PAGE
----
SFMTA explores demand-based parking meters 

Motorists parking in seven San Francisco neighborhoods could enjoy longer stays at meters, although the price will vary depending on demand for the spaces.

Under a pilot program being proposed by the San Francisco Municipal Transportation Agency, which oversees parking policies in The City, paid parking at meters in the Fisherman’s Wharf, Marina, Civic Center, Mission, Embarcadero and downtown neighborhoods could be extended to four hours. The Fillmore district and the southern portion of The Embarcadero would have time restrictions abolished altogether. Currently, those neighborhoods have two-hour limits.

The study, which will be discussed at the SFMTA’s board of directors meeting today, is part of the SFpark project, a series of pilot programs aimed at improving parking availability and reducing congestion in The City.

Under the time-limit extension plan being considered by the SFMTA, parking sensors in the pavement would detect and record usage of each specific parking spot. From data collected by the sensors, the transit agency could determine demand for each spot and thus adjust pricing accordingly. If a parking space is seldom used, the cost would be cheaper than normal; if the space is in high demand, parking would be more expensive.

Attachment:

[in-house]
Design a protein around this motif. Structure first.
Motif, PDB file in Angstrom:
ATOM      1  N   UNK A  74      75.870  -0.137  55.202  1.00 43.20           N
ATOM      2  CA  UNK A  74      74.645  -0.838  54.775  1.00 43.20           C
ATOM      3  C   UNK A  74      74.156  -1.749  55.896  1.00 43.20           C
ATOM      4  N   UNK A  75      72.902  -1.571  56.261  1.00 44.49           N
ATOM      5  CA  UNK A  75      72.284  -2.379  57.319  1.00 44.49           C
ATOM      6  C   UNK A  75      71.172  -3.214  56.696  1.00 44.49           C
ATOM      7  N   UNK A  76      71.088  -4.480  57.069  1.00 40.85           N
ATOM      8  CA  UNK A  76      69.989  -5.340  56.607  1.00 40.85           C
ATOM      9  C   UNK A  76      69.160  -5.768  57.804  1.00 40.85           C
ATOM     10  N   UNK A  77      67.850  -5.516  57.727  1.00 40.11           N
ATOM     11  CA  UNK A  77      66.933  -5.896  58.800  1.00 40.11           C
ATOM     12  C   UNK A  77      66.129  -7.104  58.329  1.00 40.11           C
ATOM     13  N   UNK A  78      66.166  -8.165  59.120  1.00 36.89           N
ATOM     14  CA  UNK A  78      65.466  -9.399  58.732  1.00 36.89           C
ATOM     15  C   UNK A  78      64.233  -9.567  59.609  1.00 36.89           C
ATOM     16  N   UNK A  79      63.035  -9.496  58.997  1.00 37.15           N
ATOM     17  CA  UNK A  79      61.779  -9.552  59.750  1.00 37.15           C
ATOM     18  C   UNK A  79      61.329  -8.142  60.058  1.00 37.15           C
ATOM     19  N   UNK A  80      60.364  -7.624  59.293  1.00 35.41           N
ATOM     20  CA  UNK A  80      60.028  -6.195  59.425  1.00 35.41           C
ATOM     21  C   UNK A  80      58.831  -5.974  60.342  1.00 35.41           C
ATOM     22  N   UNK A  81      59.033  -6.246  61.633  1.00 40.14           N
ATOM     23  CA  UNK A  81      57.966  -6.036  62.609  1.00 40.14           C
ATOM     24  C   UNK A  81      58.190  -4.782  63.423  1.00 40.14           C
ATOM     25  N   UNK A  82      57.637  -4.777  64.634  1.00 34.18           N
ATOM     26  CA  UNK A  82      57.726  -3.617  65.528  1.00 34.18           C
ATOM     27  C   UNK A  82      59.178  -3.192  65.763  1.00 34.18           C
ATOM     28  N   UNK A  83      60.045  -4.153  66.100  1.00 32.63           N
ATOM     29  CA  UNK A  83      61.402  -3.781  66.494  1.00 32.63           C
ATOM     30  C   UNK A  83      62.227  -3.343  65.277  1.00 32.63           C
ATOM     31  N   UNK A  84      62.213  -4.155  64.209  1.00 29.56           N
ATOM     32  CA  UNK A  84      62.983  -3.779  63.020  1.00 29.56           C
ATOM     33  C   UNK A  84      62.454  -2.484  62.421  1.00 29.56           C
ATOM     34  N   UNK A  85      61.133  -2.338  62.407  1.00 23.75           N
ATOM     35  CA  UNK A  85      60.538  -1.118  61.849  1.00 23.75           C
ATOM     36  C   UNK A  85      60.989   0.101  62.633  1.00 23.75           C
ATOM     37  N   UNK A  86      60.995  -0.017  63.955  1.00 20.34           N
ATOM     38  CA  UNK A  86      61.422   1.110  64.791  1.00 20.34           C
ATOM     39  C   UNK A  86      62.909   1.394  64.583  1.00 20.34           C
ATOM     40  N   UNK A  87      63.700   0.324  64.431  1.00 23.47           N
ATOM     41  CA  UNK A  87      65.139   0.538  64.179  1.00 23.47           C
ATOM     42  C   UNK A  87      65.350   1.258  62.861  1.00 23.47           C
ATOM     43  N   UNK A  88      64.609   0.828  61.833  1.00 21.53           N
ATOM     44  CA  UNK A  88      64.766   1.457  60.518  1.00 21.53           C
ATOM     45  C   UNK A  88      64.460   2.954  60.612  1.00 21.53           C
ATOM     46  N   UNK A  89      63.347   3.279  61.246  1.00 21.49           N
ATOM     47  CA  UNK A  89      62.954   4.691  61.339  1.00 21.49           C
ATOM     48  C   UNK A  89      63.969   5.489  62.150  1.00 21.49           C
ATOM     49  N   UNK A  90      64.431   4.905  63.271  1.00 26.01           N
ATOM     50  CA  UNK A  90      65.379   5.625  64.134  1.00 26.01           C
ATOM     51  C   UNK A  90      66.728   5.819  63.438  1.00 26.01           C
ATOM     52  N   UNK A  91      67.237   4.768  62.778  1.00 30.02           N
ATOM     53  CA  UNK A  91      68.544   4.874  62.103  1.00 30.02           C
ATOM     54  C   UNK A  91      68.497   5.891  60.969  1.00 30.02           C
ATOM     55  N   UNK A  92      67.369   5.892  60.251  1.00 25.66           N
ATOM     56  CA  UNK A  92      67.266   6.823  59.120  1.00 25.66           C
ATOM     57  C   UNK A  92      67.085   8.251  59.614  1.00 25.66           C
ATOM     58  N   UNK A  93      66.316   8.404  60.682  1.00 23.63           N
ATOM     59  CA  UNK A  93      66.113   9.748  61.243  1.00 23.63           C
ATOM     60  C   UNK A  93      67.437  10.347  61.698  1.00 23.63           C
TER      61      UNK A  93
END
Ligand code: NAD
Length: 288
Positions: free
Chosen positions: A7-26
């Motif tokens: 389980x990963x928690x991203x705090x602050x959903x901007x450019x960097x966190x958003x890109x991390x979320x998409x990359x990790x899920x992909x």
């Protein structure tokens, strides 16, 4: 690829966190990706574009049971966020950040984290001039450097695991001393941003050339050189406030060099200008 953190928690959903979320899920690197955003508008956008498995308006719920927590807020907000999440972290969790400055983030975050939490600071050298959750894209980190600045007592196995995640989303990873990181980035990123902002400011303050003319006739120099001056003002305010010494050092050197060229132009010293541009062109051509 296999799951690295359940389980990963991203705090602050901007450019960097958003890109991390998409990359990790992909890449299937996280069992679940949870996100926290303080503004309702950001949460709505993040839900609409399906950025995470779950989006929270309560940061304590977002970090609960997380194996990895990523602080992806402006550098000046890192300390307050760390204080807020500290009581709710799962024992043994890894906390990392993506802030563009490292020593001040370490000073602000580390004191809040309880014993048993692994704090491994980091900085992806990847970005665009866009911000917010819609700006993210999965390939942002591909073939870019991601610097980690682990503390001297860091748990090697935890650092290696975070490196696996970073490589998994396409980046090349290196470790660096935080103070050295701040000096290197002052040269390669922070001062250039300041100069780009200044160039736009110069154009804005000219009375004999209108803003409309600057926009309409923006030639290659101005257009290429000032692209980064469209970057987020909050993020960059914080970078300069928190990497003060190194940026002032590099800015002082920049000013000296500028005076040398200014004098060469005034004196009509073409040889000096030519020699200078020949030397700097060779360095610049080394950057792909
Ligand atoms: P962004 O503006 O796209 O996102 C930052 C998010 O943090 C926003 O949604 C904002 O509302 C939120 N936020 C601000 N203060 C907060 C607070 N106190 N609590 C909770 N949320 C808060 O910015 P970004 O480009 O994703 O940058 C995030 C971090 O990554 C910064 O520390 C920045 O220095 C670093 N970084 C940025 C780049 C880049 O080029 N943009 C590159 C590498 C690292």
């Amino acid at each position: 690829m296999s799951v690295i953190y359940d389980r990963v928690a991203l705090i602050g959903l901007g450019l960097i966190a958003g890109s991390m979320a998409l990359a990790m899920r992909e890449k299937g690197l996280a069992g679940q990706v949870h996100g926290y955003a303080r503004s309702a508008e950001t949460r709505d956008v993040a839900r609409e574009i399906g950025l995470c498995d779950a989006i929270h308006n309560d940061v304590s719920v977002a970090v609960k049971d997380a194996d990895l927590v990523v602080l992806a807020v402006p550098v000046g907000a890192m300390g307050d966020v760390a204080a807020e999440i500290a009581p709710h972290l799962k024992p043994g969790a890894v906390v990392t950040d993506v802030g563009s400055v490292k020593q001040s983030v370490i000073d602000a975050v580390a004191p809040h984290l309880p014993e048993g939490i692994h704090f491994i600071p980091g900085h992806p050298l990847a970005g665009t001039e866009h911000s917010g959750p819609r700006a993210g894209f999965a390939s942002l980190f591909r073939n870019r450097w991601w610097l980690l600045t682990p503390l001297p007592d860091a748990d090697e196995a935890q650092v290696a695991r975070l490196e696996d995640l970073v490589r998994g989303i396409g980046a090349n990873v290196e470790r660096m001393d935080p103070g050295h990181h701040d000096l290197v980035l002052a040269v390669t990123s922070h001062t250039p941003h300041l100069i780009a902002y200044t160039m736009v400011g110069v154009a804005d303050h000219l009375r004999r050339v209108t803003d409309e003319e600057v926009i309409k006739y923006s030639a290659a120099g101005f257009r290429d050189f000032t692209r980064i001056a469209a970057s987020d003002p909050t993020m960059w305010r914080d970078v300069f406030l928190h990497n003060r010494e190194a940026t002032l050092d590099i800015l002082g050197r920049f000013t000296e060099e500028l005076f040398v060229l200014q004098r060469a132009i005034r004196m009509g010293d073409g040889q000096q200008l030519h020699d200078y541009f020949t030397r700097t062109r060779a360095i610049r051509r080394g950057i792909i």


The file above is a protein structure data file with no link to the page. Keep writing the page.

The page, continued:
Depending on availability, the price could range from 25 cents an hour to $6 an hour. Currently, parking meters range from $1 an hour to $3.50 an hour.

If the plan is approved, the SFMTA will begin testing the extended time limits in late June and early July, with full installation of the program expected by August. The new demand-pricing program will start in the fall.

Of the seven neighborhoods under consideration for the pilot program, the Fillmore is the only one not already outfitted with SFpark equipment — spaces with sensors and meters that can handle multiple forms of payment.

The Fillmore was chosen as a neighborhood without any time-limit restrictions because it has the best distribution of off-street parking options.

Along with extending time limits on the meters, the SFMTA has proposed phasing out time limits in The City’s residential parking areas — spots monitored by signs, not meters. The SFMTA is recommending eliminating time limits at 4,000 residential parking spaces due in large part to enforcement difficulty.

These projects are the latest in a series of new parking policies being explored. A proposal to extend meter enforcement to Sundays in five different neighborhoods is tentatively scheduled to take effect in September, and the transit agency recently approved the addition of 1,000 new parking meters on city streets.



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Will Reisman

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